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UBC Theses and Dissertations

Work as a problem of distributive justice Preinsperger, Kurt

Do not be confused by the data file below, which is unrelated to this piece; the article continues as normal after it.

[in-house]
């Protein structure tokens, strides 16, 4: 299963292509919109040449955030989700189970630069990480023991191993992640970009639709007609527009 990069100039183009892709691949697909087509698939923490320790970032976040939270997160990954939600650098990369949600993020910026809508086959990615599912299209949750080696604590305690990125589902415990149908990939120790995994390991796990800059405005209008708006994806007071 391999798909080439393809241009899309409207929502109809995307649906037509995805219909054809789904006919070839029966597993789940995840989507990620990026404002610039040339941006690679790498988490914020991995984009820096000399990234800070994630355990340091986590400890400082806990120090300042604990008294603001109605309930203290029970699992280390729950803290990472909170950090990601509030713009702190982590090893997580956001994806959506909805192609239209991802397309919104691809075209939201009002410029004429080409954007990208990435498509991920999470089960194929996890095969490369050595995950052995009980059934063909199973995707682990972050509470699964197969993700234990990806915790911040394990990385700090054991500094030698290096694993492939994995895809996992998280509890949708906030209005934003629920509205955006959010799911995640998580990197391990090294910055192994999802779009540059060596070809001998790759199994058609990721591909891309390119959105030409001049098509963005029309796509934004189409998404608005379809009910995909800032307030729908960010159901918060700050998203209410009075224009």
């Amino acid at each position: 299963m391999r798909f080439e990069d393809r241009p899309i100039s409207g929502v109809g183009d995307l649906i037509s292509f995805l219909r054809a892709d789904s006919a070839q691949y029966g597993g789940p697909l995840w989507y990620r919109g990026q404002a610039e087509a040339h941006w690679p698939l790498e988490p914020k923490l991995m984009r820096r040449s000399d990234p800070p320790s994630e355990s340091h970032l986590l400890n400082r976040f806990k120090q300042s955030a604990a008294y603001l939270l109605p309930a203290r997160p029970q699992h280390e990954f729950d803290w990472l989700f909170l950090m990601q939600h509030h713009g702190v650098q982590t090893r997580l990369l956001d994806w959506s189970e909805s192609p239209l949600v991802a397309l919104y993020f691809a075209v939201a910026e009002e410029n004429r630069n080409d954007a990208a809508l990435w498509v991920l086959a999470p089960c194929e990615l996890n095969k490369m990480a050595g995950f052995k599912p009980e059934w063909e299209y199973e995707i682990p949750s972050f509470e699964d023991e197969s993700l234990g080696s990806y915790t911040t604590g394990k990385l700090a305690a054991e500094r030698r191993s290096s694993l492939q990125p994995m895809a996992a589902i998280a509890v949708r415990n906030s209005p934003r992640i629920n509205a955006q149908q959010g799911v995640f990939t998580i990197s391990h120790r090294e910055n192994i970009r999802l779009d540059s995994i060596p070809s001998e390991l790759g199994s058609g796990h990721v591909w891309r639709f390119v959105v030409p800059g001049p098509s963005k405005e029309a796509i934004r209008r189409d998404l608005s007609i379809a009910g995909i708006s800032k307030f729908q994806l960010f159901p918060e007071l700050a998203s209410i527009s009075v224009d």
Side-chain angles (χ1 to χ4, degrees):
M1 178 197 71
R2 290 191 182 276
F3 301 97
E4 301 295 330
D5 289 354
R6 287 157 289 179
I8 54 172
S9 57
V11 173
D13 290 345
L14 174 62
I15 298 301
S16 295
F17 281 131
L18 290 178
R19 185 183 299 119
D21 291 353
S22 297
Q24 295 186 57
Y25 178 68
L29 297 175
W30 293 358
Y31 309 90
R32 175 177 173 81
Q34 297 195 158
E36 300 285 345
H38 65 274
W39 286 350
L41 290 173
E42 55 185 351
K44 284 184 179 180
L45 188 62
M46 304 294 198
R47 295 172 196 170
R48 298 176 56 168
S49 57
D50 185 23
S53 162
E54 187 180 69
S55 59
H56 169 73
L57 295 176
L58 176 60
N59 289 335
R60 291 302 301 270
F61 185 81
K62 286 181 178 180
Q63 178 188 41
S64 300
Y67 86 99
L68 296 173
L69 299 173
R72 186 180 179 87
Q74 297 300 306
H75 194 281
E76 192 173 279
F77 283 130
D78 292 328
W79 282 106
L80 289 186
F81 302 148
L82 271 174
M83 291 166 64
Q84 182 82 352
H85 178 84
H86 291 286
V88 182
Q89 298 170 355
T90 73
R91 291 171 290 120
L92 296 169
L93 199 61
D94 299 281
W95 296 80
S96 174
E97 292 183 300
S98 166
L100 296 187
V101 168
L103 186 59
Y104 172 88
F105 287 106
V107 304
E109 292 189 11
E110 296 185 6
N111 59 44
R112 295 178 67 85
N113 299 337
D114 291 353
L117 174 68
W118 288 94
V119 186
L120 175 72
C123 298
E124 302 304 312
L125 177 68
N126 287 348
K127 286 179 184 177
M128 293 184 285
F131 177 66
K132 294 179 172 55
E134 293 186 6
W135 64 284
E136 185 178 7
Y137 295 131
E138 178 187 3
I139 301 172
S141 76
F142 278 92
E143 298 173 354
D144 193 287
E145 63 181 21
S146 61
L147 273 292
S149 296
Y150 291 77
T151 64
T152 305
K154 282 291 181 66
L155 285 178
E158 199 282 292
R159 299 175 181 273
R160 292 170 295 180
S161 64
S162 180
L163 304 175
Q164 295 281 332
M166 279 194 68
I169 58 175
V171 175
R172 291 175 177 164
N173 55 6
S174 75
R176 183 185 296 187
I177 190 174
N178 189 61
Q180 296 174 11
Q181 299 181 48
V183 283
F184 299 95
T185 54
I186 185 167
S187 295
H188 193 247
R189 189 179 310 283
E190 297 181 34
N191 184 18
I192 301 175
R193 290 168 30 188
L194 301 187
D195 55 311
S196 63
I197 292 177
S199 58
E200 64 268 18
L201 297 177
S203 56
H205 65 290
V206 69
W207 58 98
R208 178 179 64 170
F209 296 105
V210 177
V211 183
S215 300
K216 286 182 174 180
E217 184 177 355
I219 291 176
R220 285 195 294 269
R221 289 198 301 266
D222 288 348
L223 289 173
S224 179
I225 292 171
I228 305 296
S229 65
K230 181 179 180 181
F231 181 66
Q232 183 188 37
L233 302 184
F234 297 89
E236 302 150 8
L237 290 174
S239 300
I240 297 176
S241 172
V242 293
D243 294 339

This thesis tackles a problem of contemporary society: What constitutes a just distribution of work? After an analysis of "work" as a family resemblance concept in the manner of Wittgenstein, I discuss the dual nature of work as both a benefit and a burden, a benefit because it can provide a livelihood, comfort, prestige, power, social contacts, self-esteem and self-realization, a burden because it can involve toil, tedium, danger, humiliation and dehumanization. I appraise some important value judgments about work - that it has dignity and spirituality, that it contributes to society, that it is a duty, a right, a privilege, a necessity. Reflecting on the nature of distributive justice, I criticize four distinct approaches: moral skepticism, the confusion of law and justice, a number of influential stipulative definitions of justice which are either blatantly arbitrary or insufficiently general, and three attempts to derive the principles of justice from less controversial assumptions. I try to show that an understanding of justice is best elicited in paradigm situations of injustice, and that principles of justice can be extracted, although imperfectly, from such situations and applied to more or less analogous situations. The principle of justice I apply to the distribution of work requires that no citizen be discriminated against, on irrelevant grounds, in the distribution of social benefits and burdens. Although no explication of "irrelevant grounds" seems generally sound, I argue that there is a strong presumption of discrimination on irrelevant grounds whenever people are put at a serious disadvantage through no fault of their own by modifiable social arrangements. After explaining why no single, society-wide distribution of work can be generated simply by an appeal to justice, I focus on the existing work allocation process and identify ways in which it puts people at a serious disadvantage through no fault of their own. Examples are the prevalence of favoritism, the inflation of formal job requirements, lack of access to training and job vacancy information, and work monopolies protected by sheltering mechanisms. I conclude with a brief survey of reform proposals, such as worksharing and job creation, as well as the twofold role of a guaranteed income in relieving pressure on the job market and compensating vicitims of social injustice.

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